Tuesday, May 07, 2013

Shimabara Rebellion

The Latin Mass Magazine has introduced me to numerous Catholic people and historical events but unfortunately their articles are mostly unavailable online.  It is well worth subscribing to the magazine anyway because the layout and quality are very good.  The articles remind me of why I love Catholic history, culture and tradition.  One such event I learned about through the magazine's most recent edition is the Shimabara Rebellion

"The Shimabara Rebellion was an uprising in southwestern Japan lasting from December 17, 1637 to April 15, 1638, during the Edo period. It largely involved peasants, most of them Catholic Christians.

...Religious persecution of the local Catholics exacerbated the discontent, which turned into open revolt in 1637. The Tokugawa Shogunate sent a force of over 125,000 troops to suppress the rebellion and after a lengthy siege against the rebels at Hara Castle, defeated them.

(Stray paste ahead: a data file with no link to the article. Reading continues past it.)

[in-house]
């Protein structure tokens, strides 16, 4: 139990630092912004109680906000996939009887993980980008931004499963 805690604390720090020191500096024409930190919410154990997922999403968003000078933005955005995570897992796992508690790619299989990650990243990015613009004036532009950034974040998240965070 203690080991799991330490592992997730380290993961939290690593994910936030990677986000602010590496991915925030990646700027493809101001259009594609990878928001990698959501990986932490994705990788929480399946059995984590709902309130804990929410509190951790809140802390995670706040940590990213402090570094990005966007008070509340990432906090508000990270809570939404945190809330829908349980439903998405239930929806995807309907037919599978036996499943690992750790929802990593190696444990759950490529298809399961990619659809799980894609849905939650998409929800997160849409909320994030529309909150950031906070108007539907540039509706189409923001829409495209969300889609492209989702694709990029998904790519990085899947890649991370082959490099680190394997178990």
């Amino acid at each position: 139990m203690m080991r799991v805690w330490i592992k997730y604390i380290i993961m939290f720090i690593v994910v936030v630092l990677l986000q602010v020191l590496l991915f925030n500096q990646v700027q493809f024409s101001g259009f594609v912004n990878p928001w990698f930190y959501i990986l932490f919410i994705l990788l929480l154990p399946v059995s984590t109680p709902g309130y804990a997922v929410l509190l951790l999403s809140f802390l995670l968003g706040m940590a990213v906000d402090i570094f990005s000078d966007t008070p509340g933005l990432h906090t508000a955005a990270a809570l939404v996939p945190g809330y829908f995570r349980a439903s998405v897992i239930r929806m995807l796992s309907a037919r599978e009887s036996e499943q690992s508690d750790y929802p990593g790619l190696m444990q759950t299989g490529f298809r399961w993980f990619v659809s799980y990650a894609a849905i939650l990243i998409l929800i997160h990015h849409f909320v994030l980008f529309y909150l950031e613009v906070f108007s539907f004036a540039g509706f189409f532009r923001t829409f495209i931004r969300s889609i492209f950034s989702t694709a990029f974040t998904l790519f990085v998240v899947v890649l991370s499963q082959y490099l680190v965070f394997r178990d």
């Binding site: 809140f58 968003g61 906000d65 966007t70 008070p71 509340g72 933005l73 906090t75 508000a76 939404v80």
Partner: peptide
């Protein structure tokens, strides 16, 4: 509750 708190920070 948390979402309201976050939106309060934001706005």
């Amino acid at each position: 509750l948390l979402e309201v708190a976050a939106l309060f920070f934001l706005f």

In the wake of the rebellion, the rebel leader Amakusa Shiro was beheaded and the prohibition of Christianity was strictly enforced. Japan's national seclusion policy was tightened and official persecution of Christianity continued until the 1850s."

  Statue of Amakusa Shiro, the rebellion leader who was only 16 years old.   
    Shiro's battle flag, which states Worship and Adore the Most Holy Sacrament (more details on the flag can be found here)  

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